“I definitely like to lead more by example than by word,” Tylor said. “It’s been proven to be more powerful. I’m kind of a quiet guy. I’ve tried to yell and it just doesn’t work. Leading team cheers, I’ll probably just delegate that off to someone. I figure I’ll be Moses and have Tommy Gruenewald be Aaron. As far as being a motivation for guys to reach and chase after, I can do that.”

“He’ll never back down in a workout,” Ward said. “He will push the team to be better.”

With his leadership responsibilities, Tylor has high expectations for the team for this upcoming season. Last season, BYU lost by one point to Portland at the WCC Championship race. After narrowly losing out on a championship, anything short of first place this year would be a disappointment.

“As long as our guys are healthy, we should be able to comfortably take the conference,” Tylor said. “If we continue to live up to our potential we could be a podium team. It would take a group effort for sure.”

Tylor finished eighth in the conference as a sophomore. As a junior he placed fourth in the conference and 34th in the country, earning All-American honors. Even with the individual accolades and accomplishments Tylor has already earned, he has his sights set higher for this upcoming cross country and indoor and outdoor track seasons. He expects himself to be among the nation’s elite in all three. 

“I want to be a three-time All-American First Team,” Tylor said, referring to earning All-American status for cross country, and indoor and outdoor track. “I think I can be in the top-10 in nationals. It will take a great race and smart training to get there, but I think it’s something that’s not out of my reach.”

Behind Tylor’s success you’ll find a quiet, yet confident, personality with a couple of unique hobbies. His selfless and kind characteristics show through.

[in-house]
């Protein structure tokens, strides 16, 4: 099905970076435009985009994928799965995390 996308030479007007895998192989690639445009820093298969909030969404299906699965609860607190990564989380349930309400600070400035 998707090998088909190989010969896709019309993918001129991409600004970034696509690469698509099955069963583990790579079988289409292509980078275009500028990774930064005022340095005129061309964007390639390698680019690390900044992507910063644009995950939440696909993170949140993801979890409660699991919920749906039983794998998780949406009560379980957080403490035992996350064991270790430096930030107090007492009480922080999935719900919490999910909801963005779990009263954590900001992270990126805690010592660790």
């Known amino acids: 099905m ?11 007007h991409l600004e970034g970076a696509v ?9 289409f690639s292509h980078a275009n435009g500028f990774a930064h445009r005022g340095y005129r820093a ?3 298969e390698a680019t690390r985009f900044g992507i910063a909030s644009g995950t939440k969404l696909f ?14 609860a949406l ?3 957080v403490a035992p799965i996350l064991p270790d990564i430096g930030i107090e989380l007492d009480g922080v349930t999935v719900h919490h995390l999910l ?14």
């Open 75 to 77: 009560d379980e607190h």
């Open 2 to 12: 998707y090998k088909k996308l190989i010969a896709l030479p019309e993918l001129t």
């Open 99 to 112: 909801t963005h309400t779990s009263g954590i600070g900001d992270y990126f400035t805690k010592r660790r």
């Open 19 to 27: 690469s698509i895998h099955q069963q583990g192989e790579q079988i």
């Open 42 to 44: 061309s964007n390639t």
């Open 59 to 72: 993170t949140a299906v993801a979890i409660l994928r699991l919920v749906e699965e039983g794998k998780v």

“I’ve done a little bit of cross-stitching,” Tylor said. “I’m not very good at it. I thought I was good at it and then I showed it to one of my friends and she looked at the back and asked why it was so messy. I thought it was supposed to be messy. It looks great on the front so I was happy. I typically give them away.”

Another of Tylor’s hobbies, not surprisingly, links back to his dad.  Kevin worked in construction and remodeling as Tylor grew up, so the two would build things together. They have done multiple projects over the years.

Tylor’s relationship with his dad has clearly had an impact on his life. Running has been a vehicle through which the two have grown closer. Kevin is experiencing the success through his son that he never had the opportunity to experience himself, and Tylor has accomplished one of his earliest goals: to be faster than his dad.

“Tylor’s goal was to beat my times,” Kevin said. “Well he fell a little short of high school times and but totally dominated my college time. Either way, he has become a better runner then I ever did, and I am proud to be able to say that, and even more proud to have a young man such as him as a son.”

Tylor has been succeeding and accomplishing his goals for quite some time now. With high expectations and support, this season is bound to be Tylor’s best yet, and you can bet Kevin Thatcher will be there to watch every minute.